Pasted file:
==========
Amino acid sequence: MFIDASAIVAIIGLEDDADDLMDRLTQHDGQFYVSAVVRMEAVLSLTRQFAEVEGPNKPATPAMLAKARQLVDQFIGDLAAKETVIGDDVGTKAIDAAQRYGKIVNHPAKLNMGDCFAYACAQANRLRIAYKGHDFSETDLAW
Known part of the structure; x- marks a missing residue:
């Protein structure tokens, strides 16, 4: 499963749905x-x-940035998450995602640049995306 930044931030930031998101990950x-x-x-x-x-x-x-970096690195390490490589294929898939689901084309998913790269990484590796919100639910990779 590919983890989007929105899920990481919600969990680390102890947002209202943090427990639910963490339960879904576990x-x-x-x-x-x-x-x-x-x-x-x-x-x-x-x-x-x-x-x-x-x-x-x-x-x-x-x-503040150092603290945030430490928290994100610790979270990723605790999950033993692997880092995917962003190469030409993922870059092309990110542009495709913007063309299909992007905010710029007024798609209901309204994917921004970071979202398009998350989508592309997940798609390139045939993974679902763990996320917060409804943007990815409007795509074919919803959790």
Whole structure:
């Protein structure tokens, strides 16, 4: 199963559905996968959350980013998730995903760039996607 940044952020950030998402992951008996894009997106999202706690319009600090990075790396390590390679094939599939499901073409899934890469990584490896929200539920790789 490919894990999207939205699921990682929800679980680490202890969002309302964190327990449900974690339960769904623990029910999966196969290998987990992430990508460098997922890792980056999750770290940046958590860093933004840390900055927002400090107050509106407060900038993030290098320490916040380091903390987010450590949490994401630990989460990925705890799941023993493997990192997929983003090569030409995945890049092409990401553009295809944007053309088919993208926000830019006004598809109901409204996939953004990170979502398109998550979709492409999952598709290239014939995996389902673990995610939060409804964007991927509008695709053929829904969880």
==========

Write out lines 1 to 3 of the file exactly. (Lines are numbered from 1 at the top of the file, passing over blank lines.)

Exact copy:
Amino acid sequence: MFIDASAIVAIIGLEDDADDLMDRLTQHDGQFYVSAVVRMEAVLSLTRQFAEVEGPNKPATPAMLAKARQLVDQFIGDLAAKETVIGDDVGTKAIDAAQRYGKIVNHPAKLNMGDCFAYACAQANRLRIAYKGHDFSETDLAW
Known part of the structure; x- marks a missing residue:
């Protein structure tokens, strides 16, 4: 499963749905x-x-940035998450995602640049995306 930044931030930031998101990950x-x-x-x-x-x-x-970096690195390490490589294929898939689901084309998913790269990484590796919100639910990779 590919983890989007929105899920990481919600969990680390102890947002209202943090427990639910963490339960879904576990x-x-x-x-x-x-x-x-x-x-x-x-x-x-x-x-x-x-x-x-x-x-x-x-x-x-x-x-503040150092603290945030430490928290994100610790979270990723605790999950033993692997880092995917962003190469030409993922870059092309990110542009495709913007063309299909992007905010710029007024798609209901309204994917921004970071979202398009998350989508592309997940798609390139045939993974679902763990996320917060409804943007990815409007795509074919919803959790």